How complicated can winterizing a pool really be? Put on the cover and stay out until spring, right? Not exactly.
If you have enjoyed entertaining poolside for some time, you know that pool winterization is absolutely critical for protecting your investment and preventing expensive repairs.
If you’re thinking about getting a swimming pool, or recently had one installed on your property, it’s important to understand the maintenance required. You might not realize that maintenance is a yearlong necessity. Even though it is not in use during winter months, harsh weather conditions can cause equipment to break.
And, for those wanting to keep their spa ready year-round so they can enjoy a soak on a cold winter evening, there are steps to take so it will be a safe environment for you and guests.
5 Pool Closing Mistakes to Avoid
Let’s touch on the mistakes to avoid first, so you can be sure your swimming pool will be ready to plunge into when spring arrives.
#1 Draining the Water
Draining might seem like the best way to prevent water from freezing and thawing, which can cause tiles to crack and damage the shell. But actually, you want to keep water in, and it should be maintained at an appropriate level. Often, we will only drain 3 to 6 inches of water during the winterization process. This is because water actually protects by lessening the pressure of freeze-thaw activity. If it’s empty, the shell becomes a victim to the ground’s freezing and expanding. An Incorrect water level can lead to tiles loosening and falling off which will void any tile warranty.
#2 Ignoring Snow and Leaf Pileup
Snow, ice and leaves can build up on the pool cover, adding weight to it and creating a swamp. Be sure to pump off excess water and blow off debris.
#3 Leaving a Diving Board and Ladders in Place
Be sure to detach and store diving boards, ladders and slides when requested. These extras can get damaged in harsh weather. Diving boards can get stained by leaf debris, and freeze-thaw cycles can degrade the surface. As an alternative, you can protect a diving board with a special, fitted cover.
#4 Short-Cutting the Water Prep Process
Yes, you do need to shock the water before winterizing it. And, you should have a water pH test performed where they adjust from 7.2 to 7.8 to prevent staining, scaling and algae growth. In addition, an algaecide will provide extra protection against the “green stuff.” A final must-do is to run the filter for about 48 hours before closing down and draining equipment.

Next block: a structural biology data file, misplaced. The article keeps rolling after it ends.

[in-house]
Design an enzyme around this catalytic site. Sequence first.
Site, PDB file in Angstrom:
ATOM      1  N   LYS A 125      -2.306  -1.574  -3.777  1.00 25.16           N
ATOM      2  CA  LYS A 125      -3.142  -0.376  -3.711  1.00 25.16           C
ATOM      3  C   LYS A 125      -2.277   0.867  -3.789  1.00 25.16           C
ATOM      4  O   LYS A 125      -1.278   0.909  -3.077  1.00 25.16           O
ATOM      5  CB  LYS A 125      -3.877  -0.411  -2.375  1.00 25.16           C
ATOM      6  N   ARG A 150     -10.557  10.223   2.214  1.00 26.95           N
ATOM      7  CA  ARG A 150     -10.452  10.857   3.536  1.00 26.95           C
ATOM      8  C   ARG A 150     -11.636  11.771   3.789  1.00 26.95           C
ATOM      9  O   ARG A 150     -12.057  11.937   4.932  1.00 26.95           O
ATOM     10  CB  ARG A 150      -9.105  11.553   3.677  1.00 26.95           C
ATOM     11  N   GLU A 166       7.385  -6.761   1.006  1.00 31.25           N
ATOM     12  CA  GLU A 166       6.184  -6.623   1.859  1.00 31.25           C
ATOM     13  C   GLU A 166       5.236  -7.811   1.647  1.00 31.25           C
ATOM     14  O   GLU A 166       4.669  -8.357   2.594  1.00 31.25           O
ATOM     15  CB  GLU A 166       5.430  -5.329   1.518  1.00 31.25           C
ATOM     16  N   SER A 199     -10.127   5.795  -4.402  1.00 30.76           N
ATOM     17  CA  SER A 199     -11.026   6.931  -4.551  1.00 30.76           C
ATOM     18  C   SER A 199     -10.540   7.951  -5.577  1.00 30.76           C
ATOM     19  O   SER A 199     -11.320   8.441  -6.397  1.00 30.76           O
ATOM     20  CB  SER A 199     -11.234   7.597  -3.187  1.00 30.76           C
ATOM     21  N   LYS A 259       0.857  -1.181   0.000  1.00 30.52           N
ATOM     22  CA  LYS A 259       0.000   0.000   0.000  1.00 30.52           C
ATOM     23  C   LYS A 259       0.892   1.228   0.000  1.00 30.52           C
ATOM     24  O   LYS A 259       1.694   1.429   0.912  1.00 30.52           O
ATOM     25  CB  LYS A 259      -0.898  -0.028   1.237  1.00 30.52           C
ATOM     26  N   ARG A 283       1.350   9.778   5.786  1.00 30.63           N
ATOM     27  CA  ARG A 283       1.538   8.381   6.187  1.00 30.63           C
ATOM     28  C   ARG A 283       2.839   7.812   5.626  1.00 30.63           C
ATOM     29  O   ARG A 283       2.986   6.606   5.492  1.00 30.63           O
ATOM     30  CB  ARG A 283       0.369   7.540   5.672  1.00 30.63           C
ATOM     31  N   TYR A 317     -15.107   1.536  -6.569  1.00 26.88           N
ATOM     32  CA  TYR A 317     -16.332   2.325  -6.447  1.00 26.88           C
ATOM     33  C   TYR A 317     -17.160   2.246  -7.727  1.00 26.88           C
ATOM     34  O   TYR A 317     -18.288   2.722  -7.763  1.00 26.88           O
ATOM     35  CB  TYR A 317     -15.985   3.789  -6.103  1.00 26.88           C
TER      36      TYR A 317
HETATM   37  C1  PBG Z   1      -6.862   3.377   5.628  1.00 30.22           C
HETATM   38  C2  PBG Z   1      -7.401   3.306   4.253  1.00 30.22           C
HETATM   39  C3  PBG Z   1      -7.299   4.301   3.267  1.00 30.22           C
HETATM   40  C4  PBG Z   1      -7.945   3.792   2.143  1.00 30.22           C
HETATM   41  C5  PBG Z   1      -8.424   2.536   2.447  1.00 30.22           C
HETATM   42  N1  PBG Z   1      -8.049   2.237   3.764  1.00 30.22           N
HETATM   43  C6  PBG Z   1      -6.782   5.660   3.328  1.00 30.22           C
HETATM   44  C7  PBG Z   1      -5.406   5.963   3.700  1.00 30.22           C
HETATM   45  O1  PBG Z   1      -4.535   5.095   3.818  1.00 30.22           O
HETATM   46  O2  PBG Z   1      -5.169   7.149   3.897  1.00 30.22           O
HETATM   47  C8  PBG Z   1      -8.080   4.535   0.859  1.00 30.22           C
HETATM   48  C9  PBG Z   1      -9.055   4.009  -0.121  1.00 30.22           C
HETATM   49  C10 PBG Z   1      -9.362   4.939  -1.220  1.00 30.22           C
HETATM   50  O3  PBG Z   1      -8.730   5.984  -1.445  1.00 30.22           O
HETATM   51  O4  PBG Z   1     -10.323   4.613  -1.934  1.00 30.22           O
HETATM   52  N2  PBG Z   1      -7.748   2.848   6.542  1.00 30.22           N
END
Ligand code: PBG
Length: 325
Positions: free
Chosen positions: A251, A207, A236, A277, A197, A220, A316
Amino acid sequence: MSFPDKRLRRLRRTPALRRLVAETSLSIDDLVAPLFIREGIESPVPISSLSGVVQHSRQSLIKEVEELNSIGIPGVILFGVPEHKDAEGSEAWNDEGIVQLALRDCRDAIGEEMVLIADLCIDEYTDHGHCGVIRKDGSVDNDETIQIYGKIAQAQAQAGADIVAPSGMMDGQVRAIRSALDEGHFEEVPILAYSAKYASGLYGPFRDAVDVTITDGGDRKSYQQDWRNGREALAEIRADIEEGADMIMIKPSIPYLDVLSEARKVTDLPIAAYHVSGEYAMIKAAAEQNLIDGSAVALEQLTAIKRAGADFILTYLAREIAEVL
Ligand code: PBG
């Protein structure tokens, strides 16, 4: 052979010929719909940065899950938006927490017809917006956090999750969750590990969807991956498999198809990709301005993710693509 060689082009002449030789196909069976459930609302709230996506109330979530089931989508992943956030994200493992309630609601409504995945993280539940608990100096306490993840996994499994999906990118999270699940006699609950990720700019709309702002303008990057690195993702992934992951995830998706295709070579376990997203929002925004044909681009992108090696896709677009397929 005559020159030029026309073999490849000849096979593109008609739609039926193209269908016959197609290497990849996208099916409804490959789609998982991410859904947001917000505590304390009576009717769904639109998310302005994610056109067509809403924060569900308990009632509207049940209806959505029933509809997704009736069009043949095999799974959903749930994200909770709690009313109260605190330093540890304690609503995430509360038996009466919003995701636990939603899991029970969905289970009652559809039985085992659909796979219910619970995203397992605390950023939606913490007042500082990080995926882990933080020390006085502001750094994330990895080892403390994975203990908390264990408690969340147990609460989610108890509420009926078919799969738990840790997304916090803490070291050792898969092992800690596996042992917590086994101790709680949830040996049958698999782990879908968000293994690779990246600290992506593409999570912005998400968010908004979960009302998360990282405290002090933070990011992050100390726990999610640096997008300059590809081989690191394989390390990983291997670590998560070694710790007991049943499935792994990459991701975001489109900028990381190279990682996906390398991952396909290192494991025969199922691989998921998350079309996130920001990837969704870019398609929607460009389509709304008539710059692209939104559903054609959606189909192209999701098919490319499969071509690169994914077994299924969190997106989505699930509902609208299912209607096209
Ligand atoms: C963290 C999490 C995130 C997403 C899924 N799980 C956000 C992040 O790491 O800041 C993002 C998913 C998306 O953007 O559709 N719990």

#5 Neglecting to Completely Drain Equipment and Plumbing
All swimming pool equipment and plumbing lines must be blown out to remove excess moisture. This is essential because water collecting in lines can freeze and cause damage. If you cover equipment without properly winterizing it, you could end up with malfunctioning parts and a need to repair or replace mechanical’s in spring.
Maintain Your Spa for Winter Use
Now that we’ve covered what not to do if you plan to keep your spa in top shape during winter, let’s address the important steps you should take if you plan to keep your spa open during the cold season so you can continue entertaining outdoors. Mainly, be sure to schedule service visits about every three weeks from November to March. During those service visits, a maintenance professional should perform these tasks:
- Clean and vacuum debris
- Conduct a water test to be sure chemicals are balanced, and make necessary adjustments. Water must be sanitized if you plan to use the spa year-round.
- Check the spa water level.
- Clean filters, if needed.
- Inspect equipment to be sure mechanical’s are operating efficiently.
Schedule Winter Pool Service
Fall is a busy time of year, as we move entertaining indoors and prepare for the holidays. You can rely on our experienced pool maintenance service team to winterize your pool and service your spa year-round so you can focus on the fun parts of owning a pool— entertaining, relaxing and swimming.